Sketches from Formosa

G. Wright Doyle, Ph.D. Review of: Sketches from Formosa, by William Campbell. SMC Publishing Inc, Taipei, Taiwan, 1996. Reprint of original 1915 edition by SMC Publishing Inc.

As the author indicates in his preface, these short chapters were intended for young people in his home churches in Scotland. Thus, these brief sketches make for lively, easy reading.

Dr. Campbell begins with his arrival in Tainan (what he calls Taiwan-fu) in the summer of 1871. He notes at once that “the brick wall which surrounds [Taipei] is about fifteen feet in thickness, twenty-five feet in height, and some five miles in circumference. Lofty watch-towers are built over the four main gateways...”

After commenting upon the “large spaces within the city which are given to the principal temples and yamens—or quarters occupied by the civil and military mandarins” he dryly observes that “there is much need in Taiwan-fu for the carrying out of a City Improvement Scheme.”

From there he moves some observations which will strike us as both familiar and strange: The beggars covered with leprous sores; the large number of Buddhist monks (“Poor effeminate creatures”); the numerous literati with their "deep seated hatred of the foreigner”: the ”extreme civility of the common people;" and, finally, “how much need there is for Divine grace for us to live and labor so that many of them may be brought into the glorious light and liberty of the sons of God!”

The rest of the book flows quickly over the course of this remarkable man’s more than forty years of service in Taiwan. In his company, we cross raging streams; climb lofty mountains; penetrate dense jungles; seek to elude fierce head-hunters. We watch as he labors incessantly among the people he loves so much. At the time, the tribal folk expressed more openness to the Gospel, so Campbell concentrates upon them.

He writes of worship services in simple chapels spread throughout the island, with earnest inquirers gathering to hear about the new religion, while the new converts seek to live consistent Christian lives among them. Always conscious of training Chinese to reach their own people, he regularly engages in what we would call theological education for suitable young men.

Everywhere his love and admiration for Chinese Christians shines through. Of one Chinese minister, he says, “The preacher displayed a remarkable fullness of knowledge regarding the beliefs, the customs, and the needs of the people before him. Whilst listening to him, one could not but feel the importance of having an educated native ministry in every part of China. Men like Pastor Iap are able to adapt themselves in a way a missionary can never do, and to overcome difficulties which must always hamper any mere sojourner in the country.”

In contrast to some modern pastors and preachers, Campbell and his associates insisted upon a credible profession of faith before administering baptism. On the one hand, he writes with joy of a man “who brought no small trouble upon himself by refusing to open his shop on Sunday."

Another candidate for baptism “has been under our eye for more than a year; and what we have seen of him…is all in his favor (sic) and constrains us to believe in the sincerity of his profession.” Of two women, he writes that “it was apparent that their knowledge of Scripture indicated a very fair amount of diligence upon their part.”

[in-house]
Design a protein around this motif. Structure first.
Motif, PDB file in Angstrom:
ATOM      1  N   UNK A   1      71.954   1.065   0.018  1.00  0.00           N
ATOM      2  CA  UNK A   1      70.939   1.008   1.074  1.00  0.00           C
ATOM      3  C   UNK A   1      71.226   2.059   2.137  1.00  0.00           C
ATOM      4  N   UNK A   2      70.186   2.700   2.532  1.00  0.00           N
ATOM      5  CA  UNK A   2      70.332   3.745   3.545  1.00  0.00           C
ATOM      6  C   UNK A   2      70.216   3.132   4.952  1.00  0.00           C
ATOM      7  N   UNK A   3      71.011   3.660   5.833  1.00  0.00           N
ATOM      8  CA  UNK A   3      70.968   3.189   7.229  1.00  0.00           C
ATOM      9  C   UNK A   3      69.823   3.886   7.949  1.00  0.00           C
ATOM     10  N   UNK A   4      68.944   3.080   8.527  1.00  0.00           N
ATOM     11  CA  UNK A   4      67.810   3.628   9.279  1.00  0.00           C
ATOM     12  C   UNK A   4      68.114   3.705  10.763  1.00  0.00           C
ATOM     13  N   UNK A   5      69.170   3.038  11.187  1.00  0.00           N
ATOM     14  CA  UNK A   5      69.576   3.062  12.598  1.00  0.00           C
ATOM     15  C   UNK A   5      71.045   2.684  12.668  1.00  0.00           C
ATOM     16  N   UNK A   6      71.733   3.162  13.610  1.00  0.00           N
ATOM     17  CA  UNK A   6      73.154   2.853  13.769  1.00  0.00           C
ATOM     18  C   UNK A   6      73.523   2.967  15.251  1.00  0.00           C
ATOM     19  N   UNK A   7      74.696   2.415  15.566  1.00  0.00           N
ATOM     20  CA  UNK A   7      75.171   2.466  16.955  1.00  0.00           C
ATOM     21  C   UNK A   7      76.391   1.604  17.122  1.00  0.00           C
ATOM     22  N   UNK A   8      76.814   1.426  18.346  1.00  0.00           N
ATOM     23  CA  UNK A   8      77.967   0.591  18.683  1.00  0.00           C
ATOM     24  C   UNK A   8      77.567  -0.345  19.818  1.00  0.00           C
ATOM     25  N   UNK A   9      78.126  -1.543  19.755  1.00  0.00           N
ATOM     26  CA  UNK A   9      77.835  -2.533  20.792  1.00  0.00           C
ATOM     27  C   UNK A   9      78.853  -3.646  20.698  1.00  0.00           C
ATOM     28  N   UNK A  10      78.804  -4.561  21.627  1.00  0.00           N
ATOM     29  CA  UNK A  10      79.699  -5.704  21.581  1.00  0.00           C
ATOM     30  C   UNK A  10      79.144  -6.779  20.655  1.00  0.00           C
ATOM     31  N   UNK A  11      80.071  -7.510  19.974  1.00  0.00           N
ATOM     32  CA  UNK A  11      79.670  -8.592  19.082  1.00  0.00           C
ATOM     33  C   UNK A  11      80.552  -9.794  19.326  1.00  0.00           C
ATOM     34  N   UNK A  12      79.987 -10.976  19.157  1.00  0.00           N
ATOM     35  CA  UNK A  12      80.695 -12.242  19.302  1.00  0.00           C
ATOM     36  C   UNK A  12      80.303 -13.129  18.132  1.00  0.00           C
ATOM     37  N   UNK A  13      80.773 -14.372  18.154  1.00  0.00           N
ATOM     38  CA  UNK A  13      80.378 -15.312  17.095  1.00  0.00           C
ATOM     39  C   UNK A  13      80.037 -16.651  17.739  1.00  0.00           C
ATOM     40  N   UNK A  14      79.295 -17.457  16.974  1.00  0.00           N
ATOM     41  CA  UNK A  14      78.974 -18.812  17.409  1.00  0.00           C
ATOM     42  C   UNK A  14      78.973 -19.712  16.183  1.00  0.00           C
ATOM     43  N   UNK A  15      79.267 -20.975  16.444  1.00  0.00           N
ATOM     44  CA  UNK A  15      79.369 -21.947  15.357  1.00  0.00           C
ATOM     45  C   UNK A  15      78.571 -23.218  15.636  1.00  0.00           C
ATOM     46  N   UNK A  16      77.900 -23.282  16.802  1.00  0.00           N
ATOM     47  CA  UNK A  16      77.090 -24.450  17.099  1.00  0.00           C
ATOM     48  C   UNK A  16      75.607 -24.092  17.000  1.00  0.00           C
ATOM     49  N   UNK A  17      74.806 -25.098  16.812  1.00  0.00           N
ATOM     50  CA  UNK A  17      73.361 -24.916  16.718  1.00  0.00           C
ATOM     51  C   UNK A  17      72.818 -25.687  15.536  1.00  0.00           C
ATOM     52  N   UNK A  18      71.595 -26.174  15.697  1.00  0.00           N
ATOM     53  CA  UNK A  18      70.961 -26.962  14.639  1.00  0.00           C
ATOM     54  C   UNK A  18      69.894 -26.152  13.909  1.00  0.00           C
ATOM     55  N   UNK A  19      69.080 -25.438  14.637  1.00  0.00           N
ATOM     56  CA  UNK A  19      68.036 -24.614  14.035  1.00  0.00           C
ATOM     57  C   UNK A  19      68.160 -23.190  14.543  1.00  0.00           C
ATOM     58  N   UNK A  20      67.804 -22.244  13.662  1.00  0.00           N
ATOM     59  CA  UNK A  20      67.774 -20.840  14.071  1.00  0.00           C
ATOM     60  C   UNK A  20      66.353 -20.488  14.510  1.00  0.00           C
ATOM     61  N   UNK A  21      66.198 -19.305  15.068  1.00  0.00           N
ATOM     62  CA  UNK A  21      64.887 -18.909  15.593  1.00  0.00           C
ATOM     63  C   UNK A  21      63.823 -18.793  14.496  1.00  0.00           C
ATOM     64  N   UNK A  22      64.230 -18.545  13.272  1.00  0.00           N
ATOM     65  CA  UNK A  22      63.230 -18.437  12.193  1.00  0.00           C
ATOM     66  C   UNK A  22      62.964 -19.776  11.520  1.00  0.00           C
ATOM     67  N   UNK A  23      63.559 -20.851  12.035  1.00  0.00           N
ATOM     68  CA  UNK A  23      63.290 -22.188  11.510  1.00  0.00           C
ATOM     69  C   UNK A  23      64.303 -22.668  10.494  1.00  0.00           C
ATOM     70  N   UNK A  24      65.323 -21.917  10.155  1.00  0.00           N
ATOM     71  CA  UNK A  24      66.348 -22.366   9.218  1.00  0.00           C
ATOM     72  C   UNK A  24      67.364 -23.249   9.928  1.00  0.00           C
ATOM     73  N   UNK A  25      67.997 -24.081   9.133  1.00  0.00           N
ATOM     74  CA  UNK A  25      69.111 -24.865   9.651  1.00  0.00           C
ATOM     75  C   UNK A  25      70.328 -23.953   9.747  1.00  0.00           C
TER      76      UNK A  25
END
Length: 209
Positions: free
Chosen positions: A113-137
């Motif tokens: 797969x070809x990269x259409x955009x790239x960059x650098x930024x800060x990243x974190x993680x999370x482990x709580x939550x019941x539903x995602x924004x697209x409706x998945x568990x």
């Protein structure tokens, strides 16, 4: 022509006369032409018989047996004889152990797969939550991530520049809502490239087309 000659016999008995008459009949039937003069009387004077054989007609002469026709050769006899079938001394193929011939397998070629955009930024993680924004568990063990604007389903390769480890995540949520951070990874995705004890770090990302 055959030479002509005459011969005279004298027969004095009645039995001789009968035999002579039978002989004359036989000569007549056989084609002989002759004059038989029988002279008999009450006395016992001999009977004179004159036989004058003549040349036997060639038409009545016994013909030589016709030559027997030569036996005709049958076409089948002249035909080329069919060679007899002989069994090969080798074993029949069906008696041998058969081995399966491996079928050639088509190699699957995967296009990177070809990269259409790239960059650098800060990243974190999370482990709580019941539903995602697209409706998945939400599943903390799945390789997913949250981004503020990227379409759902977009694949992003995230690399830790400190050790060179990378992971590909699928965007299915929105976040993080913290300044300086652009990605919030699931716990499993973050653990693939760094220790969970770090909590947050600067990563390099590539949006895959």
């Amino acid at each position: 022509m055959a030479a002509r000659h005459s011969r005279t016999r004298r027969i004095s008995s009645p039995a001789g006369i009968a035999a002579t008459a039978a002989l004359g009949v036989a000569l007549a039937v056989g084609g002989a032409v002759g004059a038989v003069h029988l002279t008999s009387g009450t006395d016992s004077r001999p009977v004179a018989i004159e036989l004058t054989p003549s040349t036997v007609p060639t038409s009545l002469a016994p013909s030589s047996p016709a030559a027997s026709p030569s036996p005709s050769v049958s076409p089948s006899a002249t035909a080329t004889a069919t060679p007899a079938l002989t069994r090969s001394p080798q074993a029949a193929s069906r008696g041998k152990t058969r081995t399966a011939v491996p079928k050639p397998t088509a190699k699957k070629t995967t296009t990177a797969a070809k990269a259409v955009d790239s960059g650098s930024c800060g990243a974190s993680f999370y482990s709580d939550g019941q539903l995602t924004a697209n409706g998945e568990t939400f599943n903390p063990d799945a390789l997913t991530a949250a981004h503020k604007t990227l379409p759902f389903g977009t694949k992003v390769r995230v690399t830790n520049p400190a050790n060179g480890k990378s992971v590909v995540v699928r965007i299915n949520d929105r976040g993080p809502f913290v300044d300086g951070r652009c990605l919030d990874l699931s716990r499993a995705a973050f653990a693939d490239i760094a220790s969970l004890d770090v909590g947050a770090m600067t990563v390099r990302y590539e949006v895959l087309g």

On the other hand, he sadly reports that they had to refuse a man who “wished to be received [for baptism], but whose knowledge of spiritual things was most painfully defective. He appeared to have no conception of the Scriptural meaning of sin, and of his need for pardon through the merits of Another.” In one place, they could “select only one person from the five candidates who came forward.” He lamented, too, “the almost superstitious way in which baptism is still regarded” by some.

In any case, he had his priorities clear: “The enlargement of our Membership Roll is not the only way by which true progress can be indicated.” How many of us can say the same?

Many times he records a journey of fifteen, sixteen, or more miles of walking in a day. Open air preaching, distributing literature, examining candidates for baptism, teaching prospective preachers, offering medical help, educating the believers and their children – Campbell and his team employed many methods to achieve their goal of planting a self-supporting, self-governing, and self-propagating church. He believed in relieving the misery of the blind and the poor, and praised the Roman Catholics for their “extensive work” “among orphans and castaway infants.”

The reader admires not only his hard work, but his obvious delight in the task. Often we meet sentences like this: “What a privilege to be engaged in such work, and what abundant cause we have for gratitude to our Heavenly Father!”

He was not unaware of what he calls “worldly notions regarding our work and everything connected with it.” He knew that some embraced the new religion for non-spiritual reasons, and others rejected the Gospel for similar causes.

Campbell learned as much as he could about the history, geography, languages, customs, and peoples of “Formosa.” He spared no personal effort in reaching out to its people with the Good News. He obviously relied upon God daily for strength, wisdom, protection, and provision.

Reading such an account, which was intended to inform and encourage young people back in faraway Britain a hundred years ago, will have the same effect on anyone blessed enough to obtain this lively and inspiring volume of “sketches from Formosa.”